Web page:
Google Releases Emergency Chrome Patch for Actively Exploited Zero Day Vulnerability

Google has released an emergency patch to fix an actively exploited vulnerability in its Chrome browser. The vulnerability, tracked as CVE-2023-4863, is a heap buffer overflow issue in the WebP code library. This type of vulnerability results in more data being written for a memory buffer than the buffer is able to hold, which can result in an application crashing or code execution. While Google has confirmed that there is an exploit available and it is being used in attacks, details of the nature of the attacks have not been released. Google is restricting access to details of the bug until a majority of users have updated to the patched Chrome version, which is 116.0.5845.187 for Mac and Linux and 116.0.5845.187/.188 for Windows.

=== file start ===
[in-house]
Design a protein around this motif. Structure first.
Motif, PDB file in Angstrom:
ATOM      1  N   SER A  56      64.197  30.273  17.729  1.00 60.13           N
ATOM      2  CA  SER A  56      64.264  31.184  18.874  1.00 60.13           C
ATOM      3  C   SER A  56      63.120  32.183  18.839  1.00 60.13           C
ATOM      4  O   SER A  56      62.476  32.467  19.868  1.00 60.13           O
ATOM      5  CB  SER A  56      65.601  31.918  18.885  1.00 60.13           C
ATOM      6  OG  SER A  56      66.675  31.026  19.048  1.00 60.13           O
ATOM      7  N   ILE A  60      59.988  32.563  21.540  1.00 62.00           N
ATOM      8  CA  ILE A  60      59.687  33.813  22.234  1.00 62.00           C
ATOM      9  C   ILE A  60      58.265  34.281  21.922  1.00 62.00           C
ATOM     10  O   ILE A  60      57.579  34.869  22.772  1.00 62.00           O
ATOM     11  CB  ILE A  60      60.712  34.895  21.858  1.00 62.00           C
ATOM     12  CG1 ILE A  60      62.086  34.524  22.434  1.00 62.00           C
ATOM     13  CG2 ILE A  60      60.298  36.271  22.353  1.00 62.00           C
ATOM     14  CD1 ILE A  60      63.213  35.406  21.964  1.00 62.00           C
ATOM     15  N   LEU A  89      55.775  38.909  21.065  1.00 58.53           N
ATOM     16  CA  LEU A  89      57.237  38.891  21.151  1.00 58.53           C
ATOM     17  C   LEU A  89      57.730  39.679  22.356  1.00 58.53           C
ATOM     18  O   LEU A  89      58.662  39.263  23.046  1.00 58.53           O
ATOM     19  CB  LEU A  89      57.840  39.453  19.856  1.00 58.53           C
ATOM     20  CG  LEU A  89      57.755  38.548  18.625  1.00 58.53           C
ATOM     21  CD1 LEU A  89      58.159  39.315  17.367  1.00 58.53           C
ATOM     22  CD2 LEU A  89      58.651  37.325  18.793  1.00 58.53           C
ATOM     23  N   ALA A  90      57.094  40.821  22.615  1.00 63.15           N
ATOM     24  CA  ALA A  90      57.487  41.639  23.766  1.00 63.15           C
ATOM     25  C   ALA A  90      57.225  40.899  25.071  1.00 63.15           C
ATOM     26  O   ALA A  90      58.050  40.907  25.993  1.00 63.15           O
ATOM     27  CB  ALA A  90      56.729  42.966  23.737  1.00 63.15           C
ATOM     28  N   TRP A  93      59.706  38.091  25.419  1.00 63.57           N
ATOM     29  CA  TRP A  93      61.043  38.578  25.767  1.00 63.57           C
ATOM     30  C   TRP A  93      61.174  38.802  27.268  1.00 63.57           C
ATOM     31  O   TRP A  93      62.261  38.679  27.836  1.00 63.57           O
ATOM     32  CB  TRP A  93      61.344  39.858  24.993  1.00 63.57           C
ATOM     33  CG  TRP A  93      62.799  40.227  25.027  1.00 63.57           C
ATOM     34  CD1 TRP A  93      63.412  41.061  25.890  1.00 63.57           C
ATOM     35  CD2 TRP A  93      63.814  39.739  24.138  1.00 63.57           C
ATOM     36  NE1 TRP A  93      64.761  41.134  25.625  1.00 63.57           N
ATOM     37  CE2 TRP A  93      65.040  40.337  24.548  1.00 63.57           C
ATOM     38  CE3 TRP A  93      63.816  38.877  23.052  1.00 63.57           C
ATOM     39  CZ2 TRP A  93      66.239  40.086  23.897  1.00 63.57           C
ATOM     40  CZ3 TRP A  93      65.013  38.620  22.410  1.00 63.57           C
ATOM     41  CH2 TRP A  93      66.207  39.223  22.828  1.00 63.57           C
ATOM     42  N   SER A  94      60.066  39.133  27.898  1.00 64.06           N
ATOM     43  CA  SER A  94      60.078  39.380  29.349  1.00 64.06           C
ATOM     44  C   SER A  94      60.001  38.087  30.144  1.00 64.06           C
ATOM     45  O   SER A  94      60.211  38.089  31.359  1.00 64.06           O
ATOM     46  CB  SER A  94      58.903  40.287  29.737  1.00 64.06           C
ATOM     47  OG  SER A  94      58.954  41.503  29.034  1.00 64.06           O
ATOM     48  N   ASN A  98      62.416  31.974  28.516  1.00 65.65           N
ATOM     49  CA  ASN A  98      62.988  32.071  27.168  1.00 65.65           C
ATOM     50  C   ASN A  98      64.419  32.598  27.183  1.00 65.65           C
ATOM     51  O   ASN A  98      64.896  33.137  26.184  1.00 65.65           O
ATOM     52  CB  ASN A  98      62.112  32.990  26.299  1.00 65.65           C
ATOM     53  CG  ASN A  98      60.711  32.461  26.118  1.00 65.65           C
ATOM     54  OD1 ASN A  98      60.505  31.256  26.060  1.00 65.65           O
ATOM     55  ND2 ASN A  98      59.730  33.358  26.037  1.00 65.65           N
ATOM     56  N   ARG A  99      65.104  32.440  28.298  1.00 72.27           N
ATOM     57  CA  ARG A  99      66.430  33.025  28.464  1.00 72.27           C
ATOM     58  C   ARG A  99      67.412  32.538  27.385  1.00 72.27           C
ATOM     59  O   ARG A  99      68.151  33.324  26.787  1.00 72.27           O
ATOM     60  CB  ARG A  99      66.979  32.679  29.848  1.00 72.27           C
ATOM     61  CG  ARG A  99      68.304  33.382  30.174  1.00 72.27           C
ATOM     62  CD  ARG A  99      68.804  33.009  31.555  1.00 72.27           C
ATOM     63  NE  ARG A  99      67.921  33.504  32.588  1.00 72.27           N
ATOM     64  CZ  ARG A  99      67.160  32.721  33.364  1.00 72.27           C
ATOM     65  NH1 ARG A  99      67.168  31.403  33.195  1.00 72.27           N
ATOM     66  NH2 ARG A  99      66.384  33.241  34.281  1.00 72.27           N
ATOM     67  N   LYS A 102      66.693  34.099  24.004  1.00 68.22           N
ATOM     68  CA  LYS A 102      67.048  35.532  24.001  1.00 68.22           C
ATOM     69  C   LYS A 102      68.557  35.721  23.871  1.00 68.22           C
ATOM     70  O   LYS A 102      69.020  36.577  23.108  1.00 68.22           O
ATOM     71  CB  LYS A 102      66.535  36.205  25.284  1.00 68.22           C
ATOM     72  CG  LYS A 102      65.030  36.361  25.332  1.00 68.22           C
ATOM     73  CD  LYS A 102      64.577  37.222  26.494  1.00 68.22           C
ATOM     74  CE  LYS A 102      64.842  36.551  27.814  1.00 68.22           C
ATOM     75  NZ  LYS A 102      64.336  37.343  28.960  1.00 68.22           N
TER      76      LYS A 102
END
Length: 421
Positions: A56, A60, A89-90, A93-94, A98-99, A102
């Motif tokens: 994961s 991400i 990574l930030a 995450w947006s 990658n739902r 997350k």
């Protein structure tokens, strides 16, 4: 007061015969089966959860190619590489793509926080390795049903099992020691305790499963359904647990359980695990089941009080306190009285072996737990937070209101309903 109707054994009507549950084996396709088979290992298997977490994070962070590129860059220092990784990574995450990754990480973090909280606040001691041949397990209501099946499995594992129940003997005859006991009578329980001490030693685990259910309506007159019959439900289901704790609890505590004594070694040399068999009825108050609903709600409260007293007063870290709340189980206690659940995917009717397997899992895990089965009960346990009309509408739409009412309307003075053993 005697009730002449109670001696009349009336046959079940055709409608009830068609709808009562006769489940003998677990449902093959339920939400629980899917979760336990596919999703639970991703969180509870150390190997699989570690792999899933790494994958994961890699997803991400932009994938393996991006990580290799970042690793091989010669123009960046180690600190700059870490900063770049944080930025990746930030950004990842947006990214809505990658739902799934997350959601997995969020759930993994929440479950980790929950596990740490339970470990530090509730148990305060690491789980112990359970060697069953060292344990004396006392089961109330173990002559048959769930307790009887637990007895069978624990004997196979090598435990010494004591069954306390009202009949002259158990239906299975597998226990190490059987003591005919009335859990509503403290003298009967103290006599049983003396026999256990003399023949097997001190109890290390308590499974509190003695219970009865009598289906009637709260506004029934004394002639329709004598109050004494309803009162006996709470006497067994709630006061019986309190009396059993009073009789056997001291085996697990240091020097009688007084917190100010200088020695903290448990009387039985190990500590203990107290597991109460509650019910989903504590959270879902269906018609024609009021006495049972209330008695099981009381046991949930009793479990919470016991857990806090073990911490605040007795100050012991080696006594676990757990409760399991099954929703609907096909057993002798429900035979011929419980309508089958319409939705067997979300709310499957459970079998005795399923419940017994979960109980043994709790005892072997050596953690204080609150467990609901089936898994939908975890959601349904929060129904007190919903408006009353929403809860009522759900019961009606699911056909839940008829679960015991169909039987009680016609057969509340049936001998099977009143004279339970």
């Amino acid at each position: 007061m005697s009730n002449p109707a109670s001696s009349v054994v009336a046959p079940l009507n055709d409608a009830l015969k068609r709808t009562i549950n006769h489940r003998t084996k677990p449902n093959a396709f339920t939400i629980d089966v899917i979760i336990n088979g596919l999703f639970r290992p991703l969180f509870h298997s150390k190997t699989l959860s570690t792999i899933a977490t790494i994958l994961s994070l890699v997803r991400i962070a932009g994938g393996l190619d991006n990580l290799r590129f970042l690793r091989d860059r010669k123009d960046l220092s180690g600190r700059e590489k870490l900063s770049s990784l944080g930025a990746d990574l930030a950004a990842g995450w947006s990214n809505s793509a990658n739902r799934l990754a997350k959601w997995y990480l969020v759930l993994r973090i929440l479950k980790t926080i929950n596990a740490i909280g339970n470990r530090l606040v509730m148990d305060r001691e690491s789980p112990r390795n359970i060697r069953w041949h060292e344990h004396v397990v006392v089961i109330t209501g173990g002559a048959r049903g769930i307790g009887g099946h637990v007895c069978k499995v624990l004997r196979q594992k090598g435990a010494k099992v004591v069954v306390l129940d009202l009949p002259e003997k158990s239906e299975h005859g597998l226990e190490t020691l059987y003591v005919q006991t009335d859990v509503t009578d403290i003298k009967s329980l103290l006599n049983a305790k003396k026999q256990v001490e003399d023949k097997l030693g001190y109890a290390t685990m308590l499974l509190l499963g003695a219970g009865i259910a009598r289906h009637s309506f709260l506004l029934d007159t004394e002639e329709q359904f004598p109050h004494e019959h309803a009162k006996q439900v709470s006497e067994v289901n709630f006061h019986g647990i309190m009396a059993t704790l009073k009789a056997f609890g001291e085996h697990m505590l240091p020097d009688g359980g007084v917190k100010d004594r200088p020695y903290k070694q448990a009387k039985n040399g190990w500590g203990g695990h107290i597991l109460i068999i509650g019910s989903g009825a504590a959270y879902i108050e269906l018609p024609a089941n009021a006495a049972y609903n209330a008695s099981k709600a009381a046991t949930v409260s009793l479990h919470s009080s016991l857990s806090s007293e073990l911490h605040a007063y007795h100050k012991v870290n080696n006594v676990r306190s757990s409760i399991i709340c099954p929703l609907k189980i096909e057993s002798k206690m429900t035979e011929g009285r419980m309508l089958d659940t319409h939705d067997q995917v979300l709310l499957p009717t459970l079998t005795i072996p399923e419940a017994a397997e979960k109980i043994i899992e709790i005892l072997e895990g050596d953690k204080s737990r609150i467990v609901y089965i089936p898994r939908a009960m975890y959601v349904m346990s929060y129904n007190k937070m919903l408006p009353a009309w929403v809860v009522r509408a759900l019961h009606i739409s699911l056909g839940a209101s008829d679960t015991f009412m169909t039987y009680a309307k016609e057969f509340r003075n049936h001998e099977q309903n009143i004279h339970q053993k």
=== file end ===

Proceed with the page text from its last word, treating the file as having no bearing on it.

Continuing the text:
The vulnerability also affects the Firefox browser, which has been patched against the vulnerability in Firefox 117.0.1, Firefox ESR 115.2.1, Firefox ESR 102.15.1, Thunderbird 102.15.1, and Thunderbird 115.2.2, which were released on September 12. Microsoft also released a patch in its September Patch Tuesday updates to fix the issue in its Edge browser. Other browsers that support the WebP image format will also be affected by this vulnerability.

The vulnerability was reported by researchers at Apple Security Engineering and Architecture (SEAR) and The Citizen Lab on September 6, 2023. The researchers also found and fixed two zero-day vulnerabilities – CVE-2023-41064 and CVE-2023-41061 – that were being reported in an attack dubbed BlastPass to deliver NSO Gropup’s Pegasus spyware. The exploit used PassKit attachments with malicious images that were sent from the attacker’s iMessage account. CVE-2023-41064 is a buffer overflow vulnerability in the ImageI/O framework and CVE-2023-41061 is a validation flaw in Apple Wallet.

Author: Richard Anderson

Richard Anderson is the Editor-in-Chief of